Date Published: October 23, 2017

Led by Ohio Attorney General Mike DeWine and Pennsylvania Attorney General Josh Shapiro, 39 attorneys general call on Congress to change federal law to make drug treatment more affordable and accessib

Recently, Attorney General Mike DeWine and Pennsylvania Attorney General Josh Shapiro, along with a bipartisan coalition of 39 Attorneys General and the National Association of Attorneys General, called on Congress to pass legislation that changes federal law to make treatment for drug addiction more affordable and accessible for Americans who most need it.

Date Published: October 23, 2017

UT’s Logan Woodside named semifinalist for Johnny Unitas Golden Arm Award

Toledo senior quarterback Logan Woodside (Frankfort, Ky.) was one of 20 student-athletes who were named semifinalists for the 2017 Johnny Unitas Golden Arm Award. The award honors the top quarterback from all divisions for his accomplishments both on and off the field. Woodside is the only quarterback from the Mid-American Conference to make the list.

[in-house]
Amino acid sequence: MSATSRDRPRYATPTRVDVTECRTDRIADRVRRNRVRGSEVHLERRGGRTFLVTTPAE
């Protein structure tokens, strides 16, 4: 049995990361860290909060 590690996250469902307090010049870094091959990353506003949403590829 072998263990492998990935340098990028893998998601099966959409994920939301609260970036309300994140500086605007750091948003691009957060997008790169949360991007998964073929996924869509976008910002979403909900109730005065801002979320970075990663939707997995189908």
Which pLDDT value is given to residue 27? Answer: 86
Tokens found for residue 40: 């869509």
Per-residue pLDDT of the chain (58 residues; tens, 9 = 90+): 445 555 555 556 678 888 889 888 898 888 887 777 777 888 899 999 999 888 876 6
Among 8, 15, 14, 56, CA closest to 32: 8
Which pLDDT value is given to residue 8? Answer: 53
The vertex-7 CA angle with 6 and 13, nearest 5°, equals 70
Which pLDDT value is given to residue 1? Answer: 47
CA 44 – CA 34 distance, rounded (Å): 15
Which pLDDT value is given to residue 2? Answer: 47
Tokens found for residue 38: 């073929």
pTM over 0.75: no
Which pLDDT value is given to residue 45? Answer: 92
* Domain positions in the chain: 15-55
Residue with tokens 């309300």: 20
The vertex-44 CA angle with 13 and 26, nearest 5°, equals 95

Date Published: October 23, 2017

Rockets run past Chippewas, 30-10

Senior running back Terry Swanson rushed for a season-high 145 yards and two touchdowns as Toledo dominated Central Michigan, 30-10, on a rainy Saturday afternoon in Mount Pleasant.

Date Published: October 20, 2017

Attorney General DeWine forms insurer task force regarding opioid abuse

Ohio Attorney General Mike DeWine recently announced that he is forming a new task force to foster discussion on how health insurance companies in Ohio can help combat the opioid epidemic. Ohio Attorney General Mike DeWine's Insurer Taskforce on Opioid Reduction will meet on on Wednesday, October 4th, at 10:00 a.m. at the Ohio Attorney General's Office at 150 East Gay Street, 18th Floor, in Columbus.

Date Published: October 19, 2017

Ohio man and affiliated businesses indicted on more than 100 counts